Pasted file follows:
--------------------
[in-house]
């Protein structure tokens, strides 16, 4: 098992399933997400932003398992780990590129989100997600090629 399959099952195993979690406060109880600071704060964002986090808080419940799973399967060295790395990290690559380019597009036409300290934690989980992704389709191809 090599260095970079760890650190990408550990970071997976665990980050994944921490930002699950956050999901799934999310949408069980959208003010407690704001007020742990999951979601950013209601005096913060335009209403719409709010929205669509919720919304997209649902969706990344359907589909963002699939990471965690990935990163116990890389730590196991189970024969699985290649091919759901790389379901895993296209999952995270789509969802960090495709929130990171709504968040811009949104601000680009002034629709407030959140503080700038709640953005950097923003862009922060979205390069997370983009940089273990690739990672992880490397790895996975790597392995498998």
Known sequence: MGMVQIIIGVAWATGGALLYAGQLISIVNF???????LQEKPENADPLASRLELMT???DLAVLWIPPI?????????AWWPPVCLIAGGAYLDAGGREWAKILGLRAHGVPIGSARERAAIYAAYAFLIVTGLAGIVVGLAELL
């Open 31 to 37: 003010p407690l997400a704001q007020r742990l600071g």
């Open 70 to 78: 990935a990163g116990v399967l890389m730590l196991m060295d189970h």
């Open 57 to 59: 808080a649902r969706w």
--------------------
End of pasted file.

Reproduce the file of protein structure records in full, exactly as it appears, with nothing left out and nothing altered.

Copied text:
[in-house]
């Protein structure tokens, strides 16, 4: 098992399933997400932003398992780990590129989100997600090629 399959099952195993979690406060109880600071704060964002986090808080419940799973399967060295790395990290690559380019597009036409300290934690989980992704389709191809 090599260095970079760890650190990408550990970071997976665990980050994944921490930002699950956050999901799934999310949408069980959208003010407690704001007020742990999951979601950013209601005096913060335009209403719409709010929205669509919720919304997209649902969706990344359907589909963002699939990471965690990935990163116990890389730590196991189970024969699985290649091919759901790389379901895993296209999952995270789509969802960090495709929130990171709504968040811009949104601000680009002034629709407030959140503080700038709640953005950097923003862009922060979205390069997370983009940089273990690739990672992880490397790895996975790597392995498998």
Known sequence: MGMVQIIIGVAWATGGALLYAGQLISIVNF???????LQEKPENADPLASRLELMT???DLAVLWIPPI?????????AWWPPVCLIAGGAYLDAGGREWAKILGLRAHGVPIGSARERAAIYAAYAFLIVTGLAGIVVGLAELL
């Open 31 to 37: 003010p407690l997400a704001q007020r742990l600071g």
């Open 70 to 78: 990935a990163g116990v399967l890389m730590l196991m060295d189970h």
């Open 57 to 59: 808080a649902r969706w």